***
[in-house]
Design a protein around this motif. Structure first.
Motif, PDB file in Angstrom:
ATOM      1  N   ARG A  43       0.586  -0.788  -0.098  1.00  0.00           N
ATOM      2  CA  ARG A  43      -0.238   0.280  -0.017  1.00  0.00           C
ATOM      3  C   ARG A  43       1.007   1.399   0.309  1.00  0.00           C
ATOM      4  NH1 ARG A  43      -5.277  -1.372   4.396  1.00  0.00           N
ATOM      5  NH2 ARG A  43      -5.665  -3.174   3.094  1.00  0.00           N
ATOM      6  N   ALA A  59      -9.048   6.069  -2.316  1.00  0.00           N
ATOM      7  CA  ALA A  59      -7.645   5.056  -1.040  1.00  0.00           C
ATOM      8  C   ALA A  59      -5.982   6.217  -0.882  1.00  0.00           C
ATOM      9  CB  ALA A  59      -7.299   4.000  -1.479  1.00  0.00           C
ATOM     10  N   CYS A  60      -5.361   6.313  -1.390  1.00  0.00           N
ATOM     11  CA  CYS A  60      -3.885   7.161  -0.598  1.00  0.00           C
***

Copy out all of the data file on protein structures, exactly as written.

[in-house]
Design a protein around this motif. Structure first.
Motif, PDB file in Angstrom:
ATOM      1  N   ARG A  43       0.586  -0.788  -0.098  1.00  0.00           N
ATOM      2  CA  ARG A  43      -0.238   0.280  -0.017  1.00  0.00           C
ATOM      3  C   ARG A  43       1.007   1.399   0.309  1.00  0.00           C
ATOM      4  NH1 ARG A  43      -5.277  -1.372   4.396  1.00  0.00           N
ATOM      5  NH2 ARG A  43      -5.665  -3.174   3.094  1.00  0.00           N
ATOM      6  N   ALA A  59      -9.048   6.069  -2.316  1.00  0.00           N
ATOM      7  CA  ALA A  59      -7.645   5.056  -1.040  1.00  0.00           C
ATOM      8  C   ALA A  59      -5.982   6.217  -0.882  1.00  0.00           C
ATOM      9  CB  ALA A  59      -7.299   4.000  -1.479  1.00  0.00           C
ATOM     10  N   CYS A  60      -5.361   6.313  -1.390  1.00  0.00           N
ATOM     11  CA  CYS A  60      -3.885   7.161  -0.598  1.00  0.00           C